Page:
By Greg Toppo, USA TODAY
Senior Matt Goergen was in English class Monday morning when he saw two girls sprinting down the hallway "but thought nothing of it."
Then Principal Andrew Fetchik announced on the high school's public address system "We are on lockdown."
Goergen, 17, said he wasn't sure if it was a drill. But after the school's assistant principal repeated the message, Goergen said, "we thought something may be up."
Students crowded into the classroom and huddled into a corner.
"A girl sitting next to me got a call from her dad saying it was real," Goergen said. "We were all very scared."
On Monday morning a gunman opened fire inside Chardon High School's cafeteria, killing one student and wounding four others, authorities said.
The suspect, believed to be a student, was taken into custody near his car a half-mile from the suburban Cleveland school, the FBI said.
FBI agent Scott Wilson would not comment on a possible motive for the attack.
The victim has been was identified by the MetroHealth Medical Center as Daniel Parmertor. The slain student, Daniel Parmertor, an aspiring computer repairman, was shot while waiting for the bus for his daily 15-minute ride to a vocational center.
"We are shocked by this senseless tragedy," Parmertor's parents said in a prepared statement. "Danny was a bright young boy who had a bright future ahead of him. The family is torn by this loss."
Five students, including Parmertor, were taken to local hospitals. Parmertor later died. Sheriff Daniel McClelland said the shooter had already fled when officers arrived at the school.
Two other victims are in critical condition, a third is in serious condition and a fourth is listed as stable. McClelland did not release the names of the injured because they are minors.
Panicked students screamed and ran through the halls when the gunfire broke out at the start of the school day at the 1,100-student high school.
Heather Ziska, 17, said she was in the cafeteria when she and other students heard popping noises in the hall. She said she saw a boy she recognized as a fellow student come into the cafeteria and start shooting.
She said she and several others immediately ran outside, while other friends ran into a middle school and other students locked themselves in a teachers' lounge.
"Everybody just started running," said 17-year-old Megan Hennessy, who was in class when she heard loud noises. "Everyone was running and screaming down the hallway."
Early Monday afternoon a team of federal agents searched a complex of luxury homes on a lake on a rural road in Chardon. They searched a barn on the property and gathered on the porch of a large home overlooking the lake.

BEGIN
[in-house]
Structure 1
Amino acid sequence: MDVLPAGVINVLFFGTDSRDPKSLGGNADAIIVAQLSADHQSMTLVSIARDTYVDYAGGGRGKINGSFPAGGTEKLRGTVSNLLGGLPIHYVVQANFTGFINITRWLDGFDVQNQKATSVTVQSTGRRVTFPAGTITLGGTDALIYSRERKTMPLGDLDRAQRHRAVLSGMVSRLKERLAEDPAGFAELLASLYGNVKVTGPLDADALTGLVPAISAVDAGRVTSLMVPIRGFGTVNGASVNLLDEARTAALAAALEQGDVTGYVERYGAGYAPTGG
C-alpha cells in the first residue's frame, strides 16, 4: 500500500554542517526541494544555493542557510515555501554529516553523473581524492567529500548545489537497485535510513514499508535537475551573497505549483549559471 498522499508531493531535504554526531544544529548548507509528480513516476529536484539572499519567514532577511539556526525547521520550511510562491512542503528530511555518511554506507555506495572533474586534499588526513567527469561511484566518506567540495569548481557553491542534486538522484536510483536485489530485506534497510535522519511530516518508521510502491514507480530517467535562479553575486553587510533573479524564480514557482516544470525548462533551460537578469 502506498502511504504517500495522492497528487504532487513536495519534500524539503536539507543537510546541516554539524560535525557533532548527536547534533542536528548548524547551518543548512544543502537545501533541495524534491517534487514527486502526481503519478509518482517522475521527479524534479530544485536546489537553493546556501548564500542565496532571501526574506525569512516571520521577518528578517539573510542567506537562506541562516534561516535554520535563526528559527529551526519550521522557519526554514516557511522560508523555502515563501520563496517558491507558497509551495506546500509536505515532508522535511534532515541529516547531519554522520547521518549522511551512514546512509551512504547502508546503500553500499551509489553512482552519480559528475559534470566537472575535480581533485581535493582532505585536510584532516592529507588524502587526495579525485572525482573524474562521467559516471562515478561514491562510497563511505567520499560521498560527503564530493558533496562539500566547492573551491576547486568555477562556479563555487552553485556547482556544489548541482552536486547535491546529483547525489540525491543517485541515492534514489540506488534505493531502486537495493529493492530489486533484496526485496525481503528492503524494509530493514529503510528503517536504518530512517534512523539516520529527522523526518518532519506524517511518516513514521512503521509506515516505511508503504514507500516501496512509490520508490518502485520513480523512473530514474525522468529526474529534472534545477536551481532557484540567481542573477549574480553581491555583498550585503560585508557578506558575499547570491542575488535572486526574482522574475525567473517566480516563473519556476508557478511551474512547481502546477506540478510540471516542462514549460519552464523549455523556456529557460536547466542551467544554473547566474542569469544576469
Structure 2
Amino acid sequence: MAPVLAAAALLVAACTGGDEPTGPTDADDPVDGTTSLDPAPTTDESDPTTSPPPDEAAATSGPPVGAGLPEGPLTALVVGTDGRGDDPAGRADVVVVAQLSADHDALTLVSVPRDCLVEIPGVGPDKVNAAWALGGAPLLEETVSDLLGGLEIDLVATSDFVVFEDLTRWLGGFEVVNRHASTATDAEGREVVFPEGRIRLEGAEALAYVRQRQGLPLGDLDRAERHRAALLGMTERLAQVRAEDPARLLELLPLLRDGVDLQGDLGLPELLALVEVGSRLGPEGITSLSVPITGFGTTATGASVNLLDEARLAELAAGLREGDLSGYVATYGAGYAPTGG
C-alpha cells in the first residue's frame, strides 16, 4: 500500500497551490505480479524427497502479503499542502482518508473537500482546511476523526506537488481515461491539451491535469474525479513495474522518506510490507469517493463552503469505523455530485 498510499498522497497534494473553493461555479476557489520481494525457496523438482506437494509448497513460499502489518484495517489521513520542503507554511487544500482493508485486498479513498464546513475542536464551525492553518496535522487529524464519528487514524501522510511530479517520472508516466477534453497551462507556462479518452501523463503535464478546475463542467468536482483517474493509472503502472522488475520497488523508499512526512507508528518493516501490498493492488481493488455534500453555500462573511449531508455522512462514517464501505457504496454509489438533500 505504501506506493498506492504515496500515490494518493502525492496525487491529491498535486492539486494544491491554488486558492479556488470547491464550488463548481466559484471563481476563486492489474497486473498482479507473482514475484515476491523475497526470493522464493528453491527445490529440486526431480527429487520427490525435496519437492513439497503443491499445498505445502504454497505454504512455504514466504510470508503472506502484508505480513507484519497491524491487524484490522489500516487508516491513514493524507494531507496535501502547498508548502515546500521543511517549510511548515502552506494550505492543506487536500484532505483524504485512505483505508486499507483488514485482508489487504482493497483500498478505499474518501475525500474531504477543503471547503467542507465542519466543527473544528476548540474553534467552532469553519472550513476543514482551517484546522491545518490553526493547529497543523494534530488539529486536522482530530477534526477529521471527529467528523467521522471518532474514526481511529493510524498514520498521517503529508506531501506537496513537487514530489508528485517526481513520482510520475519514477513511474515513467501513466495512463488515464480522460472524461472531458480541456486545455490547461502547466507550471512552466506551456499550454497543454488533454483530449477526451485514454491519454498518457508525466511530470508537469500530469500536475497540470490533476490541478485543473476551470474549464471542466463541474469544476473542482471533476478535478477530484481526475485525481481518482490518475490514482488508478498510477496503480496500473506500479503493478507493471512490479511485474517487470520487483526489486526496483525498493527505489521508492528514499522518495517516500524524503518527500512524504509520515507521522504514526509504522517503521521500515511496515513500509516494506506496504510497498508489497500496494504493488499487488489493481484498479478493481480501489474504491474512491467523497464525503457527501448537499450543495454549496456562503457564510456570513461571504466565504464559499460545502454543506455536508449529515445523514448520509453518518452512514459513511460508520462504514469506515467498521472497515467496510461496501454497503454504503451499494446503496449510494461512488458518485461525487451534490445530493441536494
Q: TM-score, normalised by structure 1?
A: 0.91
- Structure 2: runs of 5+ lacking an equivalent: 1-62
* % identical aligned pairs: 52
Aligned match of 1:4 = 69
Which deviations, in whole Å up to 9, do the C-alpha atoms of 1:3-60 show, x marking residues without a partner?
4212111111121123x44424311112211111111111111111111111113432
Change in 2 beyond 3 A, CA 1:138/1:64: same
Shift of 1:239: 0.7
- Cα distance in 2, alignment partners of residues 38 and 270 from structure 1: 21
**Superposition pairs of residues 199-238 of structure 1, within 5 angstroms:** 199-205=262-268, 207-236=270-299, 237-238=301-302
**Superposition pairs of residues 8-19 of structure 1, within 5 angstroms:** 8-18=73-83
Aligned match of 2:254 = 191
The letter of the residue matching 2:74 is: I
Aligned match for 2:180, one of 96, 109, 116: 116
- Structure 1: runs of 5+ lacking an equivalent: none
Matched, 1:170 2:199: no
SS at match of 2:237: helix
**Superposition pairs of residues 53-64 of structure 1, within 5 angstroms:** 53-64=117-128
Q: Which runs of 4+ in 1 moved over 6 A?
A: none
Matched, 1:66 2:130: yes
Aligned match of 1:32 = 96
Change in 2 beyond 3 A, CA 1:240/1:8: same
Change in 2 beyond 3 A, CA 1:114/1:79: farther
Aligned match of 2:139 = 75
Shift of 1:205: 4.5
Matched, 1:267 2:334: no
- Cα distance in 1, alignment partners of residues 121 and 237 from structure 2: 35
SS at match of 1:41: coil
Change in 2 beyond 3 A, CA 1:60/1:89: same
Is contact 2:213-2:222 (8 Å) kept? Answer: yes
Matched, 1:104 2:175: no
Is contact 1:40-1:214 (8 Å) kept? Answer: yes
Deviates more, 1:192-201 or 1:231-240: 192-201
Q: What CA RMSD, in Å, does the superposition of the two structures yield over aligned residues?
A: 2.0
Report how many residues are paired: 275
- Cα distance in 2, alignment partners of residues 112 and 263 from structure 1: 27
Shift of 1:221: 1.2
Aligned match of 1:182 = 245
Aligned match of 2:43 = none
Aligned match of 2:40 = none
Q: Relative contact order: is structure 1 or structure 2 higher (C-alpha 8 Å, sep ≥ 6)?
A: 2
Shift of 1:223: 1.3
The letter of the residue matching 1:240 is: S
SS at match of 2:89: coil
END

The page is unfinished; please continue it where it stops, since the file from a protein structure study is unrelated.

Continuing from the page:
Agents were from the FBI, the Drug Enforcement Administration and the Bureau of Alcohol, Tobacco, Firearms and Explosives.
Freshman Danny Komertz, 15, said he was just about to leave for his first-period health class when he heard a loud popping sound and then saw the shooter open fire.
He said one student was trying to get under a table to protect himself and shield his face.
Komertz said the shooter was known as an outcast who had apparently been bullied. He said there were at least 100 students in the cafeteria at the time and that most fled immediately as shots were fired.
Seanna Sicher, 18, says the school went in lockdown mode shortly after morning announcments over the public address system.
"My class assumed that it was just a drill,'' says Sicher, 18. "It was maybe five minutes later when our teacher received an email and people started checking their phones. We realized immediately it was serious and the whole room felt silent. It was like a 9/11 movie the way everyone was trying desparately to reach friends and family."
The (Cleveland) Plain Dealer interviewed high school junior Nate Mueller who said he was hit in the right ear. Mueller identified the shooter by name but USA TODAY and other news organizations are withholding publication because he is a juvenile and no formal charges had been filed.
Mueller said he and his friends, including Russell King, Nick Walczak and Demetrius Hewlin, were sitting at their regular cafeteria table when the shooter approached at about 7:30 a.m.
He said he heard a gunshot behind him. He turned and felt a sting on his ear.
"My friends were crawling on the floor, and one of my friends was bent over the table, and he was shot," Mueller said. "It was almost like a firecracker went off. I turned around and saw him (the shooter) standing with a gun and I saw him take a shot."